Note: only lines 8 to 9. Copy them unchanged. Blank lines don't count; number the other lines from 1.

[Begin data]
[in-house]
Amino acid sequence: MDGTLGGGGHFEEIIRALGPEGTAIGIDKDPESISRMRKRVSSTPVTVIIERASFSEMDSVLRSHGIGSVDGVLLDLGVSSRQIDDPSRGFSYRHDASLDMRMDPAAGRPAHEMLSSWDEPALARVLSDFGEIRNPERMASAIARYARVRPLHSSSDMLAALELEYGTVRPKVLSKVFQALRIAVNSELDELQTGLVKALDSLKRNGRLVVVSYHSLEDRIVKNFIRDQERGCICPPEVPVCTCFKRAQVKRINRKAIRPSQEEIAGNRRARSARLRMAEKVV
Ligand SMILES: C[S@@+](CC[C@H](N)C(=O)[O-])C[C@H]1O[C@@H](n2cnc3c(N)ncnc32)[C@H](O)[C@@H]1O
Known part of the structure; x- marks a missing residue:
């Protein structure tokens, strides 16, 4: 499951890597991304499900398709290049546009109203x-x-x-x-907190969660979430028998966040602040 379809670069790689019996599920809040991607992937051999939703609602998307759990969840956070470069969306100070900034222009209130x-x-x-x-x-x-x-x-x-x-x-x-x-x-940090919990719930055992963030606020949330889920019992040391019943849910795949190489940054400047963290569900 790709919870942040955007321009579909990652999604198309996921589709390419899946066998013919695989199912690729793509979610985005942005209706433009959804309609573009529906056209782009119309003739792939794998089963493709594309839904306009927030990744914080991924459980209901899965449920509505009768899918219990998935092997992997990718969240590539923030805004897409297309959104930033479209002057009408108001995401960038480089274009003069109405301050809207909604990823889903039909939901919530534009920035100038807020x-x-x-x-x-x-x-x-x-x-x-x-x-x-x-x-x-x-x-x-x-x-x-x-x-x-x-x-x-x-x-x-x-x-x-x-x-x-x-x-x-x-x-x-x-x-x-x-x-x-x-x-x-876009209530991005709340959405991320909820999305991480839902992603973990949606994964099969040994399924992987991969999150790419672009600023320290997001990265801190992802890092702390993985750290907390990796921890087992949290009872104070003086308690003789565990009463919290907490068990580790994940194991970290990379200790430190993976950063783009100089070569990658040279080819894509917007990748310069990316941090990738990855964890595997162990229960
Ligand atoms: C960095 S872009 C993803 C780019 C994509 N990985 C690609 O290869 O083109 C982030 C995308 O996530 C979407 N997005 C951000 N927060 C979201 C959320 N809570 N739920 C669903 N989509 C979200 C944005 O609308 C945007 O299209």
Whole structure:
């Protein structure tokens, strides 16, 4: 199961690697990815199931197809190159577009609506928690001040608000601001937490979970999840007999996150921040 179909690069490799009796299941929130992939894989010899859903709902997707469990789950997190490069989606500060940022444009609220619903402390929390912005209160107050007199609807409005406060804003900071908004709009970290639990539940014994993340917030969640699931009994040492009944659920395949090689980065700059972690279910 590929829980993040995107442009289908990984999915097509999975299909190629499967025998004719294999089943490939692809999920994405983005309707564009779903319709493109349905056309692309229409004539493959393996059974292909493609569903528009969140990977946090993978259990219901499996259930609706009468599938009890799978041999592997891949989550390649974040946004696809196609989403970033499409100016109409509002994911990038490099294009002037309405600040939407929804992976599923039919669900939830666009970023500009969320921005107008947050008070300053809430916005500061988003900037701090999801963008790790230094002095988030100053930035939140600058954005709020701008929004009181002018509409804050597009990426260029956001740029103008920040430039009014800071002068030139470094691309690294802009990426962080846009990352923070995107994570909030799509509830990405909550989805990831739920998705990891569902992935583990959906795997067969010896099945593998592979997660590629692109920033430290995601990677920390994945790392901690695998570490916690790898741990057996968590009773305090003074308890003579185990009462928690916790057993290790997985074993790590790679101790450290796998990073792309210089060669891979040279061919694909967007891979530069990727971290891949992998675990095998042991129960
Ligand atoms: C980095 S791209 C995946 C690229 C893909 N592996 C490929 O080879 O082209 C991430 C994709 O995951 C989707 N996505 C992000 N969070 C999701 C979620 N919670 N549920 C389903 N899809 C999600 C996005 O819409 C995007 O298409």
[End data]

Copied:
């Protein structure tokens, strides 16, 4: 199961690697990815199931197809190159577009609506928690001040608000601001937490979970999840007999996150921040 179909690069490799009796299941929130992939894989010899859903709902997707469990789950997190490069989606500060940022444009609220619903402390929390912005209160107050007199609807409005406060804003900071908004709009970290639990539940014994993340917030969640699931009994040492009944659920395949090689980065700059972690279910 590929829980993040995107442009289908990984999915097509999975299909190629499967025998004719294999089943490939692809999920994405983005309707564009779903319709493109349905056309692309229409004539493959393996059974292909493609569903528009969140990977946090993978259990219901499996259930609706009468599938009890799978041999592997891949989550390649974040946004696809196609989403970033499409100016109409509002994911990038490099294009002037309405600040939407929804992976599923039919669900939830666009970023500009969320921005107008947050008070300053809430916005500061988003900037701090999801963008790790230094002095988030100053930035939140600058954005709020701008929004009181002018509409804050597009990426260029956001740029103008920040430039009014800071002068030139470094691309690294802009990426962080846009990352923070995107994570909030799509509830990405909550989805990831739920998705990891569902992935583990959906795997067969010896099945593998592979997660590629692109920033430290995601990677920390994945790392901690695998570490916690790898741990057996968590009773305090003074308890003579185990009462928690916790057993290790997985074993790590790679101790450290796998990073792309210089060669891979040279061919694909967007891979530069990727971290891949992998675990095998042991129960
Ligand atoms: C980095 S791209 C995946 C690229 C893909 N592996 C490929 O080879 O082209 C991430 C994709 O995951 C989707 N996505 C992000 N969070 C999701 C979620 N919670 N549920 C389903 N899809 C999600 C996005 O819409 C995007 O298409």